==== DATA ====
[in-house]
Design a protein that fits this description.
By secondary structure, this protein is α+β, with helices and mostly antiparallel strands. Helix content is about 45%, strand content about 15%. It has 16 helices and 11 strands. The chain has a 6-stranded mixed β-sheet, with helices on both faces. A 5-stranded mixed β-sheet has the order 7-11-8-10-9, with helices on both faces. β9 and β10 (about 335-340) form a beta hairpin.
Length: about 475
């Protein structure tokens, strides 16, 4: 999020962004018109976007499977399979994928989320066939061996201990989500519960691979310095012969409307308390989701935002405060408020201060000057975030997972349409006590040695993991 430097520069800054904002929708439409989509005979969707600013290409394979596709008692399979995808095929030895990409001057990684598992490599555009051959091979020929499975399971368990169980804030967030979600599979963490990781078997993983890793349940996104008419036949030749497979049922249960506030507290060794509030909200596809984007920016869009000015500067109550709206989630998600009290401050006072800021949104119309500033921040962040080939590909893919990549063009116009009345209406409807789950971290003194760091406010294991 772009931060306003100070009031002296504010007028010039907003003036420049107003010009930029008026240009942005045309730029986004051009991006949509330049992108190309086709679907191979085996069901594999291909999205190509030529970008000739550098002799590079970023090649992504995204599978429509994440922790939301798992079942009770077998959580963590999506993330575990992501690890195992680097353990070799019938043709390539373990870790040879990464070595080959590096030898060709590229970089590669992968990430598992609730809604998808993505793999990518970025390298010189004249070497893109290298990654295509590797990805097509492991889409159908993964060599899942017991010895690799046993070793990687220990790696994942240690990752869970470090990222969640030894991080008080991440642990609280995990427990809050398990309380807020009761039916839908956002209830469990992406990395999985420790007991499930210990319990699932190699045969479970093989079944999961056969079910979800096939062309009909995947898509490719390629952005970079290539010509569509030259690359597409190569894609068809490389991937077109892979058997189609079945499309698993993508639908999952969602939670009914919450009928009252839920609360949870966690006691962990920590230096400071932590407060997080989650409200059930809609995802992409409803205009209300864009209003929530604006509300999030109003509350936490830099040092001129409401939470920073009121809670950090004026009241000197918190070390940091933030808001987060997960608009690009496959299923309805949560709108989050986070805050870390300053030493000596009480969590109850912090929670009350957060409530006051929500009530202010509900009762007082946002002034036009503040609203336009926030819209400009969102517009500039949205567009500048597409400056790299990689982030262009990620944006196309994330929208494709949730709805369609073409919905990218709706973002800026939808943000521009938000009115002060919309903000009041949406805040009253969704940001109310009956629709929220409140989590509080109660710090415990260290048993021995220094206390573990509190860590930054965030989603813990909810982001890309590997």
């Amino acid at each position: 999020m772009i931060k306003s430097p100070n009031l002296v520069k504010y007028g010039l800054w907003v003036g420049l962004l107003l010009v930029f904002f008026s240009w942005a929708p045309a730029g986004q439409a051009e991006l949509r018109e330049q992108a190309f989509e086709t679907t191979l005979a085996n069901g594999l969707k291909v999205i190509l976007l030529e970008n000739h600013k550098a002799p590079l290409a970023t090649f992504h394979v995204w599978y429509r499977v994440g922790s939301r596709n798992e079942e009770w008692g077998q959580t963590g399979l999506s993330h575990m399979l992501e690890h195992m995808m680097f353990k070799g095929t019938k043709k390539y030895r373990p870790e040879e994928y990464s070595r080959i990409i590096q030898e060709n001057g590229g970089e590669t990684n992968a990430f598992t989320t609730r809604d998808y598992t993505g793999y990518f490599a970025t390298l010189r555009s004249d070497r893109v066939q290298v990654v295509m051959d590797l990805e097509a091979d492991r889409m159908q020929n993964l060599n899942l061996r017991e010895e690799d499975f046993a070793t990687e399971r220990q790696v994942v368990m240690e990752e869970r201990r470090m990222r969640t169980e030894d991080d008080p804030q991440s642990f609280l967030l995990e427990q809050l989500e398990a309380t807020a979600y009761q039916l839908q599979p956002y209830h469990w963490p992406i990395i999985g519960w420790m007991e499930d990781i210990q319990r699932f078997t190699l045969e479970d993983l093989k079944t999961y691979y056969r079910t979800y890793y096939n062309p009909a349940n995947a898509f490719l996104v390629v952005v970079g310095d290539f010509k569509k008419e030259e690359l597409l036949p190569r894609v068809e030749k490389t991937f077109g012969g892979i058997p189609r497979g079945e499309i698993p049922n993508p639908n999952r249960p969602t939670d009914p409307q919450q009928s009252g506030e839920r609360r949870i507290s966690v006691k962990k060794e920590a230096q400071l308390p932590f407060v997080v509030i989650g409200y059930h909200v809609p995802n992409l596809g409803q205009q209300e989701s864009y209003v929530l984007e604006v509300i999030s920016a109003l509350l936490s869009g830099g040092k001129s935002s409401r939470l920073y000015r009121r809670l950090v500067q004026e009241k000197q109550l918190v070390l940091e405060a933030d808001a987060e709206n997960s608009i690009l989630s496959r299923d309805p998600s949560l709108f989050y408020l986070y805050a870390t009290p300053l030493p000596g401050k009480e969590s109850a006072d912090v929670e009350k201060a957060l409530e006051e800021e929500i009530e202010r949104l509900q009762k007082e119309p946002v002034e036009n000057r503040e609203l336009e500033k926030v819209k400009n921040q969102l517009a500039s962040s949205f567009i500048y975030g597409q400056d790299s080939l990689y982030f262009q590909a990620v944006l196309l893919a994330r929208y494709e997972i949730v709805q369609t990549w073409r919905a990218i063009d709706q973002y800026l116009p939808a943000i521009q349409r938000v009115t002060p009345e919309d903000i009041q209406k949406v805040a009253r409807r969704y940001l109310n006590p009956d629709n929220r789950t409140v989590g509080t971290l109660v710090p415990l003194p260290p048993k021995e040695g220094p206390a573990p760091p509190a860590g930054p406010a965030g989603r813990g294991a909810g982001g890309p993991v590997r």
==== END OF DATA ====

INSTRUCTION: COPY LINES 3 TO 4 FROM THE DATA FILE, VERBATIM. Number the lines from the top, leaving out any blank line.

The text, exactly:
By secondary structure, this protein is α+β, with helices and mostly antiparallel strands. Helix content is about 45%, strand content about 15%. It has 16 helices and 11 strands. The chain has a 6-stranded mixed β-sheet, with helices on both faces. A 5-stranded mixed β-sheet has the order 7-11-8-10-9, with helices on both faces. β9 and β10 (about 335-340) form a beta hairpin.
Length: about 475